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Wilson v. McKee

United States District Court, E.D. Michigan, Southern Division

April 27, 2015

VICTOR WILSON, Petitioner,
KENNETH McKEE, Respondent.


VICTORIA A. ROBERTS, District Judge.

This is a habeas case under 28 U.S.C. § 2254. Petitioner Victor Wilson is a state inmate at the Bellamy Creek Correctional Facility in Ionia, Michigan. He challenges his convictions for two counts of second-degree criminal sexual conduct. In addition to his habeas petition, Petitioner filed a Motion to Stay Proceedings and Hold Habeas Petition in Abeyance. The Court grants the motion.


Petitioner was convicted by a jury in Wayne County Circuit Court of two counts of second-degree criminal sexual conduct. He was sentenced as a fourth habitual offender to two concurrent terms of 30 to 50 years' imprisonment.

Petitioner filed an appeal of right in the Michigan Court of Appeals presenting these claims: (i) other act evidence was improperly admitted; (ii) ineffective assistance of trial counsel; (iii) prosecutorial misconduct; and (iv) trial court improperly exceeded sentencing guidelines. The Michigan Court of Appeals affirmed his convictions and sentences. People v. Wilson, No. 296307, 2011 WL 6267278 (Mich. Ct. App. Dec. 15, 2011).

Petitioner filed an application for leave to appeal to the Michigan Supreme Court raising the same claims raised in the Michigan Court of Appeals. The Michigan Supreme Court denied the application. People v. Wilson, 493 Mich. 882 (Mich. Nov. 7, 2012).

Petitioner then filed a motion for relief from judgment in the trial court, raising two additional ineffective assistance of trial counsel claims. The trial court denied the motion. People v. Wilson, No. 09-002410-FC (Wayne County Cir. Ct. May 2, 2013). Both state appellate courts denied Petitioner's applications for leave to appeal the trial court's decision. People v. Wilson, No. 317678 (Mich. Ct. App. Oct. 25, 2013); People v. Wilson, 495 Mich. 993 (Mich. Apr. 28, 2014).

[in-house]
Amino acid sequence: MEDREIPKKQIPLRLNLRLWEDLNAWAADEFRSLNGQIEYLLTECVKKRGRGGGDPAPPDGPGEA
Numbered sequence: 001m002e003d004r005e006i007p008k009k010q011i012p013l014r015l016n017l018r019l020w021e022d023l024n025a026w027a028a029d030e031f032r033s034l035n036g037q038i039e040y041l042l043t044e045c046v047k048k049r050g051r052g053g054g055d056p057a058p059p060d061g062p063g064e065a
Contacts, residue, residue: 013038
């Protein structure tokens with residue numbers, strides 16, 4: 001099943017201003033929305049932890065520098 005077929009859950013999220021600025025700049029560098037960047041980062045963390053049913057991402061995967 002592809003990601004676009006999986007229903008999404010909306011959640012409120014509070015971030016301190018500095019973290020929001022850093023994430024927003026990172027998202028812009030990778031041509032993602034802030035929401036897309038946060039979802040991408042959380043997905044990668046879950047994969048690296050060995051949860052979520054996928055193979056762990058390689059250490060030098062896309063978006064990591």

Petitioner then filed the pending habeas corpus petition. He raises the same claims raised on direct and collateral review in state court. He also filed a motion to stay this proceeding so he may return to state court and exhaust additional, newly-discovered claims.


State prisoners must exhaust available state remedies for each of the claims presented in a habeas petition before seeking a federal writ of habeas corpus. 28 U.S.C. § 2254(b)(1). Petitioner states that, although the claims raised in the petition are exhausted, he would like to raise additional, unexhausted claims: (i) newly-discovered evidence establishes his innocence; (ii) trial counsel was ineffective in failing to investigate and previously discover this evidence; and (iii) appellate counsel was ineffective in failing to investigate and locate exculpatory witnesses. Petitioner seeks a stay so he may return to state court to exhaust these claims.

A federal court may stay a federal habeas petition and hold further proceedings in abeyance pending resolution of state court post-conviction proceedings if outright dismissal of a habeas petition would jeopardize the timeliness of a future petition, there is good cause for the petitioner's failure to exhaust those claims, the unexhausted claims are not "plainly meritless, " and "there is no indication that the petitioner engaged in intentionally dilatory litigation tactics." Rhines v. Weber, 544 U.S. 269, 278 (2005).

In this case, the outright dismissal of the petition, even without prejudice, may preclude future consideration of Petitioner's claims in this court due to the expiration of the statute of limitations. See 28 U.S.C. § 2241(d)(1). Staying a habeas corpus proceeding is appropriate where a second, exhausted habeas petition may be time barred by the AEDPA's statute of limitations. See Hargrove v. Brigano, 300 F.3d 717, 720-21 (6th Cir. 2002). The Court finds that outright dismissal of the petition would jeopardize the timeliness of any future habeas petition.